The Democrats have a plan for controlling health-care costs. Paul Ryan doesn’t.
There’s increasingly an understanding that the mixture of cuts and taxes in Paul Ryan’s budget aren’t quite fair, and the underlying assumptions it uses don’t quite work. But it’s left people hungry for a budget that does work, and annoyed that Democrats haven’t provided one. “If Democrats don’t like his budget ideas, they should propose their own,” writes Fareed Zakaria. “The Democrats and Obama now have to offer a response,” warned Andrew Sullivan. “As of this evening, the Democratic policy plan consists of yelling ‘You suck!’” complained Megan McArdle.
I’ve made similar comments. And I think those comments are mostly right. Democrats need to step up on taxes, on defense and non-defense discretionary, on Social Security, and on energy. But there’s one huge, glaring exception: controlling health-care costs. There, the reality is that Democrats have a plan and Ryan doesn’t. But the perception, at this point, is just the opposite.
At the heart of Ryan’s budget are policies tying the federal government’s contribution to Medicare and Medicaid to the rate of inflation — which is far, far slower than costs in the health-care sector typically grow. He achieves those caps through cost shifting. For Medicaid, the states have to figure out how to save the money, and for Medicare, seniors will now be purchasing their own insurance plans and, in their new role as consumers, have to figure out how to save the money. It won’t work, and because it won’t work, Ryan’s savings will not materialize.
Even Ryan’s fans agree you can’t hold health-care costs down to inflation. But even if you grant that Ryan’s target is too low, his vision for reforming Medicare would like miss a more reasonabke target, too. Consider the program Ryan names as a model. He said his budget converts Medicare into “the same kind of health-care program that members of Congress enjoy.” The system he’s referring to is the Federal Employee’s Health Benefits Program, and cost growth there has not only massively outpaced inflation in recent years, but actually outpaced Medicare, too. Ryan’s numbers are so fantastic that Alice Rivlin, who originally had her name on this proposal, now opposes it.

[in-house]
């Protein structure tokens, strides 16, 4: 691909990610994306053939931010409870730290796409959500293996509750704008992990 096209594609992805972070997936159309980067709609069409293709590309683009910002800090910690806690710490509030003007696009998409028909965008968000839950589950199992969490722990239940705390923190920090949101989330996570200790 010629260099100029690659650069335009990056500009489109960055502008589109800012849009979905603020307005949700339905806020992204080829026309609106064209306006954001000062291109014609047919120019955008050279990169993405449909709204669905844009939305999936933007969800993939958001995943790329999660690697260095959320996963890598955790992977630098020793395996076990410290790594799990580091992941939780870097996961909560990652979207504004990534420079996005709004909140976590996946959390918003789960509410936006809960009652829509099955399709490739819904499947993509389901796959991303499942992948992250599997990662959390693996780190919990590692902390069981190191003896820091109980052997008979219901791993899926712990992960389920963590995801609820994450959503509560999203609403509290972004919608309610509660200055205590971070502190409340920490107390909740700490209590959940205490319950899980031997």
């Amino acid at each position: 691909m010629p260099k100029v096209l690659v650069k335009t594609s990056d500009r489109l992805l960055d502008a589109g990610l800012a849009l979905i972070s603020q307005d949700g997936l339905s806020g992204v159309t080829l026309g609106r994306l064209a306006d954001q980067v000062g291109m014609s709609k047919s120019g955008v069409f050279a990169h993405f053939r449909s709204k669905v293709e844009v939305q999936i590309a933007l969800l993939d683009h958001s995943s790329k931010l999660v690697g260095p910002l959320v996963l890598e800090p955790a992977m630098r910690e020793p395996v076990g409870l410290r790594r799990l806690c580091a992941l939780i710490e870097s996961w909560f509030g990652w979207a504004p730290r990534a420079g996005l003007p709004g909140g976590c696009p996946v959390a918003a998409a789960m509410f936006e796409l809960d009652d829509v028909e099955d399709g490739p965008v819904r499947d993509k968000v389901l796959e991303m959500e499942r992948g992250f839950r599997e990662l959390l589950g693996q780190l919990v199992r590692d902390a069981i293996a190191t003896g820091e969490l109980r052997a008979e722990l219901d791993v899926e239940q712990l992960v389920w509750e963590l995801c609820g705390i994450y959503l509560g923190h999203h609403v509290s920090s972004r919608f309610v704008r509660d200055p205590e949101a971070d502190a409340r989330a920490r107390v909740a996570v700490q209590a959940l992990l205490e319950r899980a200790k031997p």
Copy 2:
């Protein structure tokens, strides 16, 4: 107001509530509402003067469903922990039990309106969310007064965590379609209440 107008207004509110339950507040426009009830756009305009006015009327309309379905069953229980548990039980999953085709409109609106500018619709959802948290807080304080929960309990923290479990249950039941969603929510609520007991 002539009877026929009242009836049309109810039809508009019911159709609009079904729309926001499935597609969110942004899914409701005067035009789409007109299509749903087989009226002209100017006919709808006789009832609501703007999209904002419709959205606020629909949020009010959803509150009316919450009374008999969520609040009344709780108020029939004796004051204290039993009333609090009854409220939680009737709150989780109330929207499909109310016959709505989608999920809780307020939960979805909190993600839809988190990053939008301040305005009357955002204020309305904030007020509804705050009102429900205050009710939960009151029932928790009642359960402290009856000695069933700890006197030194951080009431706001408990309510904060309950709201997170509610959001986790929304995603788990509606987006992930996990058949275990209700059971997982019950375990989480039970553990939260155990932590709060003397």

Democrats don’t just have a proposal that offers a more plausible vision of cost control than Ryan does. They have an honest-to-goodness law. The Affordable Care Act sets more achievable targets, and offers a host of more plausible ways to reach them, than anything in Ryan’s budget. “If this is a competition betweenRyan and the Affordable Care Act on realistic approaches to curbing the growth of spending,” says Robert Reischauer, who ran the Congressional Budget Office from 1989 to 1995 and now directs the Urban Institute, “the Affordable Care Act gets five points and Ryan gets zero.”
The Affordable Care Act holds Medicare’s cost growth to GDP plus one percentage point, which makes a lot more sense. It’s the target Ryan’s Medicare plan originally used, back when it was called Ryan-Rivlin. But the target is not really the important part. The important part is how you achieve the target. And the Affordable Care Act actually includes reforms and new processes for future reforms that would help Medicare — and the rest of the medical system — get to where the costs can be saved, rather than just shifted.
The Affordable Care Act’s central hope is that Medicare can lead the health-care system to pay for value, cut down on overtreatment, and cut out treatments that simply don’t work. The law develops Accountable Care Organizations, in which Medicare pays one provider to coordinate all of your care successfully, rather than paying many doctors and providers to add to your care no matter the cost or outcome, as is the current practice. It also begins experimenting with bundled payments, in which Medicare pays one lump-sum for all care related to the successful treatment of a condition rather than paying for every piece of care separately. To help these reforms succeed, and to help all doctors make more cost-effective treatment decisions, the law accelerates research on which drugs and treatments are most effective, and creates and funds the Patient-Centered Outcomes Research Institute to disseminate the data.